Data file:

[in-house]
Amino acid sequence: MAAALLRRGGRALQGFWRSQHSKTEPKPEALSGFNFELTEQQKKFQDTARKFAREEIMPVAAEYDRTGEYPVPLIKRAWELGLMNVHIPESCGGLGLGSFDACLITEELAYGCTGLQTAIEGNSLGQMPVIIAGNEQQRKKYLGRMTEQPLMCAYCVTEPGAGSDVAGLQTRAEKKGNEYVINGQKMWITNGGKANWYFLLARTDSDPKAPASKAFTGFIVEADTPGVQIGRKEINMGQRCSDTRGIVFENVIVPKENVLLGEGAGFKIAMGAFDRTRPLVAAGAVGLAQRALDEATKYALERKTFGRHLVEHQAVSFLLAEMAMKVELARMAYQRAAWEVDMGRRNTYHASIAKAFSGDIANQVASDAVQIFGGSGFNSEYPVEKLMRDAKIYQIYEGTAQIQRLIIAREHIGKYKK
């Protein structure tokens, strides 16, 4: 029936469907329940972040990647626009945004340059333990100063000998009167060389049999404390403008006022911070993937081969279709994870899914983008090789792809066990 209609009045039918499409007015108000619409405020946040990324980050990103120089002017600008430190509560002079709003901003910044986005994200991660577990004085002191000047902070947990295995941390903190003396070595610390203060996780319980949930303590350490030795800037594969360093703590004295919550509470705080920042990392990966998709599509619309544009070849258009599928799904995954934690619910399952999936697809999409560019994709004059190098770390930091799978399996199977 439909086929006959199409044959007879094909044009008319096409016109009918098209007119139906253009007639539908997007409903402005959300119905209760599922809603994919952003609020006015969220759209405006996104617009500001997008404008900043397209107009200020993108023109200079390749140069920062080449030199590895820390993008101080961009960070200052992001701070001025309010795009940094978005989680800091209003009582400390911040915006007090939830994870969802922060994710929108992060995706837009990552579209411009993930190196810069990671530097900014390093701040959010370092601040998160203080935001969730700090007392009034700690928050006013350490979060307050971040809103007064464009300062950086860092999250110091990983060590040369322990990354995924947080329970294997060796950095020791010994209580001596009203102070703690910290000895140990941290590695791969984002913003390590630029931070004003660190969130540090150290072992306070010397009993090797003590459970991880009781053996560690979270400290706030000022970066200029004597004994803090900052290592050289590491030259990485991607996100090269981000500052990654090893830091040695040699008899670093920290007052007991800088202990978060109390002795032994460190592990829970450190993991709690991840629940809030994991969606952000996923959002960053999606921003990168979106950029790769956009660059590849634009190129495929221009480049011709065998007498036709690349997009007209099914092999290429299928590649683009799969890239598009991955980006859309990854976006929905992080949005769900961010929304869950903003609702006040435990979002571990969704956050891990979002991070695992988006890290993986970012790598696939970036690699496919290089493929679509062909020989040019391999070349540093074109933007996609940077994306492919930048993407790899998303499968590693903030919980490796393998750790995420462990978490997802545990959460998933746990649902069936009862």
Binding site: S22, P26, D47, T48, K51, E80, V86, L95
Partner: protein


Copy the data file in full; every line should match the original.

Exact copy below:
[in-house]
Amino acid sequence: MAAALLRRGGRALQGFWRSQHSKTEPKPEALSGFNFELTEQQKKFQDTARKFAREEIMPVAAEYDRTGEYPVPLIKRAWELGLMNVHIPESCGGLGLGSFDACLITEELAYGCTGLQTAIEGNSLGQMPVIIAGNEQQRKKYLGRMTEQPLMCAYCVTEPGAGSDVAGLQTRAEKKGNEYVINGQKMWITNGGKANWYFLLARTDSDPKAPASKAFTGFIVEADTPGVQIGRKEINMGQRCSDTRGIVFENVIVPKENVLLGEGAGFKIAMGAFDRTRPLVAAGAVGLAQRALDEATKYALERKTFGRHLVEHQAVSFLLAEMAMKVELARMAYQRAAWEVDMGRRNTYHASIAKAFSGDIANQVASDAVQIFGGSGFNSEYPVEKLMRDAKIYQIYEGTAQIQRLIIAREHIGKYKK
């Protein structure tokens, strides 16, 4: 029936469907329940972040990647626009945004340059333990100063000998009167060389049999404390403008006022911070993937081969279709994870899914983008090789792809066990 209609009045039918499409007015108000619409405020946040990324980050990103120089002017600008430190509560002079709003901003910044986005994200991660577990004085002191000047902070947990295995941390903190003396070595610390203060996780319980949930303590350490030795800037594969360093703590004295919550509470705080920042990392990966998709599509619309544009070849258009599928799904995954934690619910399952999936697809999409560019994709004059190098770390930091799978399996199977 439909086929006959199409044959007879094909044009008319096409016109009918098209007119139906253009007639539908997007409903402005959300119905209760599922809603994919952003609020006015969220759209405006996104617009500001997008404008900043397209107009200020993108023109200079390749140069920062080449030199590895820390993008101080961009960070200052992001701070001025309010795009940094978005989680800091209003009582400390911040915006007090939830994870969802922060994710929108992060995706837009990552579209411009993930190196810069990671530097900014390093701040959010370092601040998160203080935001969730700090007392009034700690928050006013350490979060307050971040809103007064464009300062950086860092999250110091990983060590040369322990990354995924947080329970294997060796950095020791010994209580001596009203102070703690910290000895140990941290590695791969984002913003390590630029931070004003660190969130540090150290072992306070010397009993090797003590459970991880009781053996560690979270400290706030000022970066200029004597004994803090900052290592050289590491030259990485991607996100090269981000500052990654090893830091040695040699008899670093920290007052007991800088202990978060109390002795032994460190592990829970450190993991709690991840629940809030994991969606952000996923959002960053999606921003990168979106950029790769956009660059590849634009190129495929221009480049011709065998007498036709690349997009007209099914092999290429299928590649683009799969890239598009991955980006859309990854976006929905992080949005769900961010929304869950903003609702006040435990979002571990969704956050891990979002991070695992988006890290993986970012790598696939970036690699496919290089493929679509062909020989040019391999070349540093074109933007996609940077994306492919930048993407790899998303499968590693903030919980490796393998750790995420462990978490997802545990959460998933746990649902069936009862």
Binding site: S22, P26, D47, T48, K51, E80, V86, L95
Partner: protein